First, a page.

Malaysia currently has the highest infection rate in Southeast Asia, where a number of countries are facing their worst outbreaks of the pandemic after keeping cases relatively low for all of last year. The country of more than 30 million is vaccinating its population faster than many of its neighbors, with about 16 percent fully inoculated, according to a New York Times database.
On Monday, doctors working on contracts walked out of several hospitals, demanding improvements in pay, local news media reported. “Our strike is not about resistance,” one doctor told Free Malaysia Today, an independent news site. “We only want the government to give us the same rights and benefits that permanent doctors get.”
He added that 150 contract medical officers had quit “because they are tired of the system.”
Dr. Noor Hisham pleaded with health care workers to abstain from the strikes. “I urge all of you, please do not join the demonstration and abandon your duty to your patients,” he said on Facebook. “Remember many lives are on the line and the demonstration could affect their lives and even your career.”
Also on Monday, the Malaysian Parliament convened for the first time since January, when it was suspended after the king declared a national emergency amid the pandemic. The government said that it would not ask for a renewal of the emergency order, which is set to expire on Aug. 1.
In other developments around the world:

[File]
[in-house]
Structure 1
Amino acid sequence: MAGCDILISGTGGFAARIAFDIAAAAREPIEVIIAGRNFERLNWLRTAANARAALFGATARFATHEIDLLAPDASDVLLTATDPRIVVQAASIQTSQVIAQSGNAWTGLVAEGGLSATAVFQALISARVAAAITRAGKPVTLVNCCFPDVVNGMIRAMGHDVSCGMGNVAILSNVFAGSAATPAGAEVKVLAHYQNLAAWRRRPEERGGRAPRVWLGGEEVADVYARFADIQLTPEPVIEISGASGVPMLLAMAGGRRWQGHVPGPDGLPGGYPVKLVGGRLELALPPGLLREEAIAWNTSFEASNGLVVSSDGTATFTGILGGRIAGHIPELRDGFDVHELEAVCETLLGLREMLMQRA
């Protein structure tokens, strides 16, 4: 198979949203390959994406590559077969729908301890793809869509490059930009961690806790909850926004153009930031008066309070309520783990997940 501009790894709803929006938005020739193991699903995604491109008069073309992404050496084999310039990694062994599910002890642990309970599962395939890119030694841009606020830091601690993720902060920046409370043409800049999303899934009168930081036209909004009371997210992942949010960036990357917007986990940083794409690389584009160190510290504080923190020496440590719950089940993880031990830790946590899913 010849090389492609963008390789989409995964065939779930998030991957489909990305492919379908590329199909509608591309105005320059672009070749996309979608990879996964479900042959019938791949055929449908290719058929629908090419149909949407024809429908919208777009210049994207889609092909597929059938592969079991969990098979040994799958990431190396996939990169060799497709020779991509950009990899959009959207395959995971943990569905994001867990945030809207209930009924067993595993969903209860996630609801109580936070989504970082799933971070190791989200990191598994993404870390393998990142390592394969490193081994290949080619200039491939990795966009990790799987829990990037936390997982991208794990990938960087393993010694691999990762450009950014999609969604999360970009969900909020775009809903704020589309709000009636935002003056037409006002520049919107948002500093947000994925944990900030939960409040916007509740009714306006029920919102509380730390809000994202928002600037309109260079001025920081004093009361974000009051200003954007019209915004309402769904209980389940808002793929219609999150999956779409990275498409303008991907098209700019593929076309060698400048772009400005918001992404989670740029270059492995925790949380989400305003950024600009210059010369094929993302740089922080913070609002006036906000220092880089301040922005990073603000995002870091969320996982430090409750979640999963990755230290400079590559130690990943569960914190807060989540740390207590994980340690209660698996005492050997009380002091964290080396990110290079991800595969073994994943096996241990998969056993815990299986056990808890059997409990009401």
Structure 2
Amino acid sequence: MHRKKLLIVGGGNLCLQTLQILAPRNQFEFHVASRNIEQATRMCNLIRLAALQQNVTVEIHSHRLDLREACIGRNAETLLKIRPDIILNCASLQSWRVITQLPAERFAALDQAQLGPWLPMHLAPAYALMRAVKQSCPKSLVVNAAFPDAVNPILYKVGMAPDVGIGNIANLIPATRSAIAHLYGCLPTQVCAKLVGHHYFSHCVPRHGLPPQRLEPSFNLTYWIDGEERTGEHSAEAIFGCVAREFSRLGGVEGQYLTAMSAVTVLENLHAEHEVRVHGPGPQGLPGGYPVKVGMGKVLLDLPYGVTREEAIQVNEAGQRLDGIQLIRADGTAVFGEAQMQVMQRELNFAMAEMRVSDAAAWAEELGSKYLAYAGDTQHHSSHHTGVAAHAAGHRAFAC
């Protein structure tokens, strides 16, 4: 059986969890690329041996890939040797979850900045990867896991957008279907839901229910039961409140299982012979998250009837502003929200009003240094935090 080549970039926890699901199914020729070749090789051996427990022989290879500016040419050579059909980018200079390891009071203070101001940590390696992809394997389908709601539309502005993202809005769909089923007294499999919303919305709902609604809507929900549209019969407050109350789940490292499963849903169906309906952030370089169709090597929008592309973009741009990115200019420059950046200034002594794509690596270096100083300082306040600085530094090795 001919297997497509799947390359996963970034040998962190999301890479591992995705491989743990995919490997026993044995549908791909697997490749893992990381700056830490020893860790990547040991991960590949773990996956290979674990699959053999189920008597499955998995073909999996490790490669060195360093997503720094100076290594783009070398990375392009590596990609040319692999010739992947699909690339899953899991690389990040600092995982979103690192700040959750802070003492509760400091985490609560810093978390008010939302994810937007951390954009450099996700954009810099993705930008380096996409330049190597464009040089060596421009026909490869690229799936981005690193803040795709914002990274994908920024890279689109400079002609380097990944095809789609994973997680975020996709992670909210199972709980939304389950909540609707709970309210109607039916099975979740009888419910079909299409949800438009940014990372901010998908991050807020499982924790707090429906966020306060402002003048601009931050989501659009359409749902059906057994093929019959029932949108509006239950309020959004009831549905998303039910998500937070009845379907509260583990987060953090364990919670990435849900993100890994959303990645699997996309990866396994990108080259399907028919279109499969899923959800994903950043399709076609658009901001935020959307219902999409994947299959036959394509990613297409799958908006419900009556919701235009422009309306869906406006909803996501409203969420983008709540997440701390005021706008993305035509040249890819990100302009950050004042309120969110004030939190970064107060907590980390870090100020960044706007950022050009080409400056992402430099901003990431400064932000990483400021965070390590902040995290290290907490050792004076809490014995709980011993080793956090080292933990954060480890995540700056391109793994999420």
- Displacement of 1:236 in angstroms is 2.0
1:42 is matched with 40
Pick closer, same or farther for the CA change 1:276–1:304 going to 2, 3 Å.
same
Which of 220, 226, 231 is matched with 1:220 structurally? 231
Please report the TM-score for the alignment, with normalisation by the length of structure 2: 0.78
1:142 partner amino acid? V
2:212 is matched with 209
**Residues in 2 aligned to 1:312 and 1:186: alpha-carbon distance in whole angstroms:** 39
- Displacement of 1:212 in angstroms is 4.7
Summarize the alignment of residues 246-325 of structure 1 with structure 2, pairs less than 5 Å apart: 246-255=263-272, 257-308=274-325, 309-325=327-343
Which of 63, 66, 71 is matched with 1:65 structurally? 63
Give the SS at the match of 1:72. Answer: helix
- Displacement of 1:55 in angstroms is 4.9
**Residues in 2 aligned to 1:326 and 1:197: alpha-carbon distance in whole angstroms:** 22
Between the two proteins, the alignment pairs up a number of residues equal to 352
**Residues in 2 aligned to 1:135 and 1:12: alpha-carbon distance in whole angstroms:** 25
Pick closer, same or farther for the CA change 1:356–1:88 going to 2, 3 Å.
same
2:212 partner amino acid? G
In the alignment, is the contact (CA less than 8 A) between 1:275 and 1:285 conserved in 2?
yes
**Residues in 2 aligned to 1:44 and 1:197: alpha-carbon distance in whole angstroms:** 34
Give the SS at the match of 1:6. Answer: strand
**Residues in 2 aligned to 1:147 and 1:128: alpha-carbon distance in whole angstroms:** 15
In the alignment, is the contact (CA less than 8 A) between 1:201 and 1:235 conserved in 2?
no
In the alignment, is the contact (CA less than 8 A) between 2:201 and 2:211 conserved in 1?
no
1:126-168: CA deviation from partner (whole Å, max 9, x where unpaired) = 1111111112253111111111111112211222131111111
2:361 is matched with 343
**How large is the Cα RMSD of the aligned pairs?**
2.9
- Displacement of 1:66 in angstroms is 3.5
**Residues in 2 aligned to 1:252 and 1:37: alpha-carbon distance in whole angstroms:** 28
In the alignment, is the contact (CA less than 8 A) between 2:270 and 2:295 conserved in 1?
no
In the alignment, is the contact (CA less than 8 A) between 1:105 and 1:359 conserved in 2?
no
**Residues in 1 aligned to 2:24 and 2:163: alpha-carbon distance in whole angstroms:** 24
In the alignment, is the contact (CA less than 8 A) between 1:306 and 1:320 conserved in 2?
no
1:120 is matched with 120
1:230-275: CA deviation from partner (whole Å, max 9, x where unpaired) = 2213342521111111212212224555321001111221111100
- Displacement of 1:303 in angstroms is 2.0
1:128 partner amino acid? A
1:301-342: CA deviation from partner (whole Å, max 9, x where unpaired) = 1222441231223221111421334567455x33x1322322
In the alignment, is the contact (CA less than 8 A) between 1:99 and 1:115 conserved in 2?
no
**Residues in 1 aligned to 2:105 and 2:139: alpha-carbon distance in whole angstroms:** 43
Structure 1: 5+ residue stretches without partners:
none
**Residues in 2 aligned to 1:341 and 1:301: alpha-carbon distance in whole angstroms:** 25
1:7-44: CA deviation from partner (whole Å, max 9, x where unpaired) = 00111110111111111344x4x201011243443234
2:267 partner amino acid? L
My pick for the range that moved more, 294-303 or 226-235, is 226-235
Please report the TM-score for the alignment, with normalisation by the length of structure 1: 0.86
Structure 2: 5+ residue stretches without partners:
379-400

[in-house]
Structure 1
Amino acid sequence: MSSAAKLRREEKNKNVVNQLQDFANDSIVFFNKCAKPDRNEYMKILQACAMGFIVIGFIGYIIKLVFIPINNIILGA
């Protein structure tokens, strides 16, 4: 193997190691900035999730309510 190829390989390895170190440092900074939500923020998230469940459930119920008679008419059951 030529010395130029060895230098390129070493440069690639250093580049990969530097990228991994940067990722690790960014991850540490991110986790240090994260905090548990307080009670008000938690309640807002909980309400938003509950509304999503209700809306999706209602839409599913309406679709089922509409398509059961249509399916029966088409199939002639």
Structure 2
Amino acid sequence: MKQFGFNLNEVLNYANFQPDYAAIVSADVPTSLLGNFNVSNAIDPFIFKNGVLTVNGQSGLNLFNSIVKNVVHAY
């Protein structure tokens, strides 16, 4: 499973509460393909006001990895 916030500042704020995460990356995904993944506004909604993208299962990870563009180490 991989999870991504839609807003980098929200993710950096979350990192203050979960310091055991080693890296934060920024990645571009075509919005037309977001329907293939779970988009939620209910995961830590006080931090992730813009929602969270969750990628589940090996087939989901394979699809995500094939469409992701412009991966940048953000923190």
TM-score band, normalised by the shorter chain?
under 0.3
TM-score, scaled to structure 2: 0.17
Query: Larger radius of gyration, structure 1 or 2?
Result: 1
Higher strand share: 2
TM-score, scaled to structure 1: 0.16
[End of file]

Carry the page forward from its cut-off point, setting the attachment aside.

Officials in Pakistan said that citizens 18 years and older who are not vaccinated against Covid-19 would be barred from domestic air travel starting Aug. 1. In a statement, the National Command and Operation Center, the top body overseeing the country’s pandemic response, listed several categories of people who were exempted from the ban, including partially vaccinated individuals, foreign nationals and those who have medical reasons for not being vaccinated.
China on Monday reported 76 new coronavirus cases, the highest one-day total since January. According to the National Health Commission, the number includes 40 local cases, all but one of them in the eastern province of Jiangsu. The provincial capital, Nanjing, where the cases are concentrated, has raised its virus threat level in some areas and is conducting a second round of mass testing of all nine million residents.
When New York started a sweeping rent relief program in June, the aim was to safeguard the state’s recovery from the pandemic by keeping tens of thousands of people who fell behind on rent out of financial ruin and in their homes.
The state set aside about $2.7 billion, the vast majority from federal pandemic relief packages, with New York providing some funding.
But after nearly two months and despite the staggering need, New York has been among the slowest states in distributing help. In fact, federal figures showed that by the end of June, New York was one of only two states where no aid had been sent out, even though the state’s eviction moratorium is set to expire in just a few weeks.
State officials said that they had started distributing a small sum — $117,000 — this month to test the payment system and that more funds were expected to be sent out starting last week.
The application process, which is primarily online, has been hobbled by technical glitches, according to housing groups. Many tenants have encountered errors that in some cases wiped away entire applications.
The payments covering back rent go directly to property owners, which means landlords also have to fill out forms. Many say it is difficult to upload the required paperwork, leaving applications seemingly incomplete.
Housing groups say the process is overly complex, requiring too many documents, and takes a long time to complete because there is no way to save and restart an application.